The result is a series of new product introductions that have turned the company around:
Customers have responded well to Ruger’s recent efforts: New models accounted for 38% of sales through June 30. They’ve also become the fundamental driver behind Ruger’s increased profits. Thanks, in part, to LCRs, operating margins last year were 22.6%, compared with 2.4% when Fifer took over, according to Value Line. The company has pushed out eight new models in the last 12 months.
Think about that: operating margins went from 2.4% to 22.6%. Knowing what I know about brokerage margins, wouldn’t they love to find out how to get their margins to 22.6%?
A Lesson for Real Estate
The takeaway is a simple one. If you are a broker, the CEO of a large company, the manager of a significant office… when was the last time you really spoke with a consumer?
If you are a genius — and I believe that real estate has a few of these geniuses who intuitively understood what the market wanted — then you don’t need to. I suspect that people like Colbert Coldwell and Benjamin Banker may be one of these geniuses. Maybe they didn’t need to conduct market research and go talk to every day consumers because they just got it. Offer the kind of service they themselves would have wanted, and the market would respond.
But if you’re not a genius, then you can do what Mike Fifer did: ask everybody.
If Mike Fifer can spend 38 weekends as the President & CEO of a public company working behind the gun counter, why couldn’t you spend a few hours working in the e-leads team or answering phone calls? Why couldn’t you tag along with one of your listing agents and visit a potential seller’s house and listen to their concerns and objections?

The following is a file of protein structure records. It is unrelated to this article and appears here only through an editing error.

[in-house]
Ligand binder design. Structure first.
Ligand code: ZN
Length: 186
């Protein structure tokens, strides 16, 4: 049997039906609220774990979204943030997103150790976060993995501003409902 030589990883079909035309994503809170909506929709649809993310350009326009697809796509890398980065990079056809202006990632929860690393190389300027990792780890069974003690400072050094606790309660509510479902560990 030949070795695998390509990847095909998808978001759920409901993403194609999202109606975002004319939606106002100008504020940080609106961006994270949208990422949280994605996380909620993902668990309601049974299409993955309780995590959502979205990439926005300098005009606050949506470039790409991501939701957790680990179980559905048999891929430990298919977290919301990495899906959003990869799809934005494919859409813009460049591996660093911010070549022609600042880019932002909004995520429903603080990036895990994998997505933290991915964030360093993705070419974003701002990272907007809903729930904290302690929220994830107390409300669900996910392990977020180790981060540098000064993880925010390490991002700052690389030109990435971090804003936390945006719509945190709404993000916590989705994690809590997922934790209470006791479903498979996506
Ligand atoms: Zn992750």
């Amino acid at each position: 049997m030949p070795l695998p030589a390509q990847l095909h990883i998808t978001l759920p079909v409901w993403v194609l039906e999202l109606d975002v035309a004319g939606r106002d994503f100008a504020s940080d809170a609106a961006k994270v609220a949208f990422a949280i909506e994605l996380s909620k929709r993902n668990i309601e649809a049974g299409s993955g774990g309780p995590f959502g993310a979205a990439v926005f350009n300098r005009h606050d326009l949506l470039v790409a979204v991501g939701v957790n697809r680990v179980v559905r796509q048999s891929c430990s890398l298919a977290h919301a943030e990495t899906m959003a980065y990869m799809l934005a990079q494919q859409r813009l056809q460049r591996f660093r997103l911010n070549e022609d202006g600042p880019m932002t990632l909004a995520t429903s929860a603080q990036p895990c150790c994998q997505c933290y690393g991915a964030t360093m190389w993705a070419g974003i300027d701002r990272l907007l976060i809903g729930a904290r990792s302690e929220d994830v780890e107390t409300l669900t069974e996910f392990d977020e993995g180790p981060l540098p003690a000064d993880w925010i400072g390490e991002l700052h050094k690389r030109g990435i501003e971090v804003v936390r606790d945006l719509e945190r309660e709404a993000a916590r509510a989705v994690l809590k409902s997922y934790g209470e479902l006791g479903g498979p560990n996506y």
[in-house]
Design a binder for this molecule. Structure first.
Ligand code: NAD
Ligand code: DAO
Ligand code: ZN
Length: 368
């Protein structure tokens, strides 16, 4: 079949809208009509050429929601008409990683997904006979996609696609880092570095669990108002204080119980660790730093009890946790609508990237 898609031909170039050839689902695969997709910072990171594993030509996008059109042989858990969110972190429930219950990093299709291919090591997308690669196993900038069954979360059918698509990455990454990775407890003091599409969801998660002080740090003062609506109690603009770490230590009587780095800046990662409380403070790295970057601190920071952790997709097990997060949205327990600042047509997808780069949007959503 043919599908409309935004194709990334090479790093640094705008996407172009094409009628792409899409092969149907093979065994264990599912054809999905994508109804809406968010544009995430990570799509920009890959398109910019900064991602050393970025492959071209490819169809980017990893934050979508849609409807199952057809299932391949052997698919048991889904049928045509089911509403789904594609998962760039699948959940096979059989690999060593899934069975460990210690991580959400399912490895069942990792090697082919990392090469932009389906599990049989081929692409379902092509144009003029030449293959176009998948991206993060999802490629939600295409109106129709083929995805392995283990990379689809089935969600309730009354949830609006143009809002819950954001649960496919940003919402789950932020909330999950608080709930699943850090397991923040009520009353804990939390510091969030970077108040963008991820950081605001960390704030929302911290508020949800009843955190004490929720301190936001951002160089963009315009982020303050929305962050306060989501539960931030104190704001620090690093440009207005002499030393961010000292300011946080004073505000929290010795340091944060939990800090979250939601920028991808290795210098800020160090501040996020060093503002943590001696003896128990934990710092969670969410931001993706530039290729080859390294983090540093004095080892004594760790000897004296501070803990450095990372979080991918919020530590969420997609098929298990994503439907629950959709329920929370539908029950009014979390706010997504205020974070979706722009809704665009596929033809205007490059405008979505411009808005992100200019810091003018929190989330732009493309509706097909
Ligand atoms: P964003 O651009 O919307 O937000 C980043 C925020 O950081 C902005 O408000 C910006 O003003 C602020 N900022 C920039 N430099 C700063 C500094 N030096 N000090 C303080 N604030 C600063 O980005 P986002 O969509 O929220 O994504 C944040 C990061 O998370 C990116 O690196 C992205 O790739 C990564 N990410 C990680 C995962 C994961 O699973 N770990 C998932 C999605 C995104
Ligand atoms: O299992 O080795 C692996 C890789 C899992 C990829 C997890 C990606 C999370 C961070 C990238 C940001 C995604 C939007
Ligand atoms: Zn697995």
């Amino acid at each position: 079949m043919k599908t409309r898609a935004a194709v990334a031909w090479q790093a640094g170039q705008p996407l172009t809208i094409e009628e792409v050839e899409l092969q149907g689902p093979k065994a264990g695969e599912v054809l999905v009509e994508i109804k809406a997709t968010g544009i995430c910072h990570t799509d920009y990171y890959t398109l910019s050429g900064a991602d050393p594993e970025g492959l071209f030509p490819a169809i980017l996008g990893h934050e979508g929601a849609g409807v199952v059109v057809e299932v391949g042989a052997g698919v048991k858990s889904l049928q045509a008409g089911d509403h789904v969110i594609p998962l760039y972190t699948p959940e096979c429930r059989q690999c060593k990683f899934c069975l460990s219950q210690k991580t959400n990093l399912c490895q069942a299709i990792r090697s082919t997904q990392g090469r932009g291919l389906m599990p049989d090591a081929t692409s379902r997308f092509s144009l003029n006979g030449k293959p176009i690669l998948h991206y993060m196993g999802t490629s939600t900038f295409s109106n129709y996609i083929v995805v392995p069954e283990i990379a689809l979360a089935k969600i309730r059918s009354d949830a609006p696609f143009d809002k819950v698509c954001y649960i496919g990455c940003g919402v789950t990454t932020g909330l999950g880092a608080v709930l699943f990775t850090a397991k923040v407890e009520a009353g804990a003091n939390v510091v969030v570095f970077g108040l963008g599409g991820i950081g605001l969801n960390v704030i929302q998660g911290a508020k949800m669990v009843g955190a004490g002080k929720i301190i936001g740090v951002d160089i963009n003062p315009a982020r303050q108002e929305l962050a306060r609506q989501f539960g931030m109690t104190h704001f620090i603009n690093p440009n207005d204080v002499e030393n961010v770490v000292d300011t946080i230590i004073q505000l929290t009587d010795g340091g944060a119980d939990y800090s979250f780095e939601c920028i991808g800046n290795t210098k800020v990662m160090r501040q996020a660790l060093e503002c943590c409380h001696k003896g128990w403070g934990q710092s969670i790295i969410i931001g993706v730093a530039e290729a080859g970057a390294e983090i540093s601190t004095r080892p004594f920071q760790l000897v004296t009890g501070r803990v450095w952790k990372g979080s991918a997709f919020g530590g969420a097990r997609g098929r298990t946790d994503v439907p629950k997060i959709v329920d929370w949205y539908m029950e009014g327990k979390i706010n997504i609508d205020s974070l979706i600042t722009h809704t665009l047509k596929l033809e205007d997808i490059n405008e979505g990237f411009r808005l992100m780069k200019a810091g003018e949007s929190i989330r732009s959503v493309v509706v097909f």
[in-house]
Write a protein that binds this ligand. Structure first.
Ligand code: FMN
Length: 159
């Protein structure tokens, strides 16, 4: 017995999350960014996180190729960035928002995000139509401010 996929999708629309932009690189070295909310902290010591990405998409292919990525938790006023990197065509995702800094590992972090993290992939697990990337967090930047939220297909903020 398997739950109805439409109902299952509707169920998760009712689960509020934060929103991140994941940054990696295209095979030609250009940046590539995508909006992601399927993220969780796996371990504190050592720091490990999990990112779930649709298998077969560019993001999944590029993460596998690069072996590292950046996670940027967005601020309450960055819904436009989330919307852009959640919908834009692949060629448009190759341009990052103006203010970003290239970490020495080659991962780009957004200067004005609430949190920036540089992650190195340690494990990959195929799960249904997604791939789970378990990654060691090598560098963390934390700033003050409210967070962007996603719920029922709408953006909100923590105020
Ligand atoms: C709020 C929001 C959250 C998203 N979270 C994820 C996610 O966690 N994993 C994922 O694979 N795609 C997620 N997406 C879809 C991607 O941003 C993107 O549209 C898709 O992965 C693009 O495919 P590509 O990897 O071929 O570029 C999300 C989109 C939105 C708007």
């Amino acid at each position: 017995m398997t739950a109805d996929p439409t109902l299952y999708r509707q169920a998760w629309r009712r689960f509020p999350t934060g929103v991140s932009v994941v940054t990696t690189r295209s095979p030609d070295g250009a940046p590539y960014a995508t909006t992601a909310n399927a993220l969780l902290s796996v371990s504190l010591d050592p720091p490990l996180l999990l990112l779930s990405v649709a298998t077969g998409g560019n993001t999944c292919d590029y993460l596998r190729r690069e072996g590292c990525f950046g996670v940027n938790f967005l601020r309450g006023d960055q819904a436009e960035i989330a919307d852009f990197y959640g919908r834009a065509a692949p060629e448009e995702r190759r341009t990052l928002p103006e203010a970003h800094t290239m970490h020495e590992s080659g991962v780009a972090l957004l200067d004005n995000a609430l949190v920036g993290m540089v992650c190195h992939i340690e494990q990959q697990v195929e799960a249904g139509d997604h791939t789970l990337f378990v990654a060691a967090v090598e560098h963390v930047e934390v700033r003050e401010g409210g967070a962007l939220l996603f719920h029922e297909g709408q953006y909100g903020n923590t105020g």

And the important clarification is this: Fifer didn’t talk to only Ruger owners. He made sure to talk to people who were buying different brands, asking them, “Why that one?” What he wanted to know was why people didn’t want his products, not why his customers did want it.
Every single senior manager in a real estate company is busy as hell. I know this. It’s tough to find time in the calendar between important meetings. But I have to ask seriously… is there something more important for a company leader to do than to “intuit what the market wants”?
So… I’ve now said this in a couple of presentations, but I’ll share it with all my readers who give a damn. It’s a concrete action item you can implement right away in your business.
If you have a senior leadership position in a real estate company, have your assistant setup four phone calls every morning: two with buyers or sellers who recently did a transaction with your company, and two with those who chose not to. And talk to them. And listen. Really listen. Even if each call takes 15 minutes, that’s only an hour out of your day.
I can’t imagine a better use of an hour of your day, I really can’t. I suspect you’ll find ways to improve your service offerings, and fairly dramatically in some cases.
This has been a free consultation. Probably worth what you paid for it. But hey, if you want to throw money my way, I may not refuse. 🙂